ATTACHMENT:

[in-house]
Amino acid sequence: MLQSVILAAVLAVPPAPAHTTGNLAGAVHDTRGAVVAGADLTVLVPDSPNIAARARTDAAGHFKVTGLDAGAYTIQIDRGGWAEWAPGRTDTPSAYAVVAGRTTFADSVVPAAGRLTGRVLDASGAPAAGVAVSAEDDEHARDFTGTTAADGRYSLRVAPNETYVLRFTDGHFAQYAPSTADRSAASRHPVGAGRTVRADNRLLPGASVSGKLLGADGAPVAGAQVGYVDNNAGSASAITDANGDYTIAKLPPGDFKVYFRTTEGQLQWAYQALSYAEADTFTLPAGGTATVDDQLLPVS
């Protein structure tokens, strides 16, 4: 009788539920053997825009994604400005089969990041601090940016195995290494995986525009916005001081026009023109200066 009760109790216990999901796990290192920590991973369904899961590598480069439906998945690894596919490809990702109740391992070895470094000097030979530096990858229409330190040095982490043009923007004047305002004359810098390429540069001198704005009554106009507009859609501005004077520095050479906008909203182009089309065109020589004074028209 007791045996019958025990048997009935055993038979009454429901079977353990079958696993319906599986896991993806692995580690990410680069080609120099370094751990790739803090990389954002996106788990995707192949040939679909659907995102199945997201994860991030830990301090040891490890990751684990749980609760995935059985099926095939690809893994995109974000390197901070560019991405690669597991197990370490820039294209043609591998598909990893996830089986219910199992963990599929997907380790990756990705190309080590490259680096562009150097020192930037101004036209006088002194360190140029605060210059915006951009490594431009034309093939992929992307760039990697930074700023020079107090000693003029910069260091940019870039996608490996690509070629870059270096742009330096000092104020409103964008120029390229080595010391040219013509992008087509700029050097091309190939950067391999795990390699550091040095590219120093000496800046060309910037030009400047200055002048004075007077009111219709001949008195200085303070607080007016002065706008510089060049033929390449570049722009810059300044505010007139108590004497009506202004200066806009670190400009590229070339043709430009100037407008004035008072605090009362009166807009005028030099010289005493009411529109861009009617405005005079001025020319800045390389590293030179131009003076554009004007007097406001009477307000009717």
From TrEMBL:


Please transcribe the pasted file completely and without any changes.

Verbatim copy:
[in-house]
Amino acid sequence: MLQSVILAAVLAVPPAPAHTTGNLAGAVHDTRGAVVAGADLTVLVPDSPNIAARARTDAAGHFKVTGLDAGAYTIQIDRGGWAEWAPGRTDTPSAYAVVAGRTTFADSVVPAAGRLTGRVLDASGAPAAGVAVSAEDDEHARDFTGTTAADGRYSLRVAPNETYVLRFTDGHFAQYAPSTADRSAASRHPVGAGRTVRADNRLLPGASVSGKLLGADGAPVAGAQVGYVDNNAGSASAITDANGDYTIAKLPPGDFKVYFRTTEGQLQWAYQALSYAEADTFTLPAGGTATVDDQLLPVS
């Protein structure tokens, strides 16, 4: 009788539920053997825009994604400005089969990041601090940016195995290494995986525009916005001081026009023109200066 009760109790216990999901796990290192920590991973369904899961590598480069439906998945690894596919490809990702109740391992070895470094000097030979530096990858229409330190040095982490043009923007004047305002004359810098390429540069001198704005009554106009507009859609501005004077520095050479906008909203182009089309065109020589004074028209 007791045996019958025990048997009935055993038979009454429901079977353990079958696993319906599986896991993806692995580690990410680069080609120099370094751990790739803090990389954002996106788990995707192949040939679909659907995102199945997201994860991030830990301090040891490890990751684990749980609760995935059985099926095939690809893994995109974000390197901070560019991405690669597991197990370490820039294209043609591998598909990893996830089986219910199992963990599929997907380790990756990705190309080590490259680096562009150097020192930037101004036209006088002194360190140029605060210059915006951009490594431009034309093939992929992307760039990697930074700023020079107090000693003029910069260091940019870039996608490996690509070629870059270096742009330096000092104020409103964008120029390229080595010391040219013509992008087509700029050097091309190939950067391999795990390699550091040095590219120093000496800046060309910037030009400047200055002048004075007077009111219709001949008195200085303070607080007016002065706008510089060049033929390449570049722009810059300044505010007139108590004497009506202004200066806009670190400009590229070339043709430009100037407008004035008072605090009362009166807009005028030099010289005493009411529109861009009617405005005079001025020319800045390389590293030179131009003076554009004007007097406001009477307000009717």
From TrEMBL: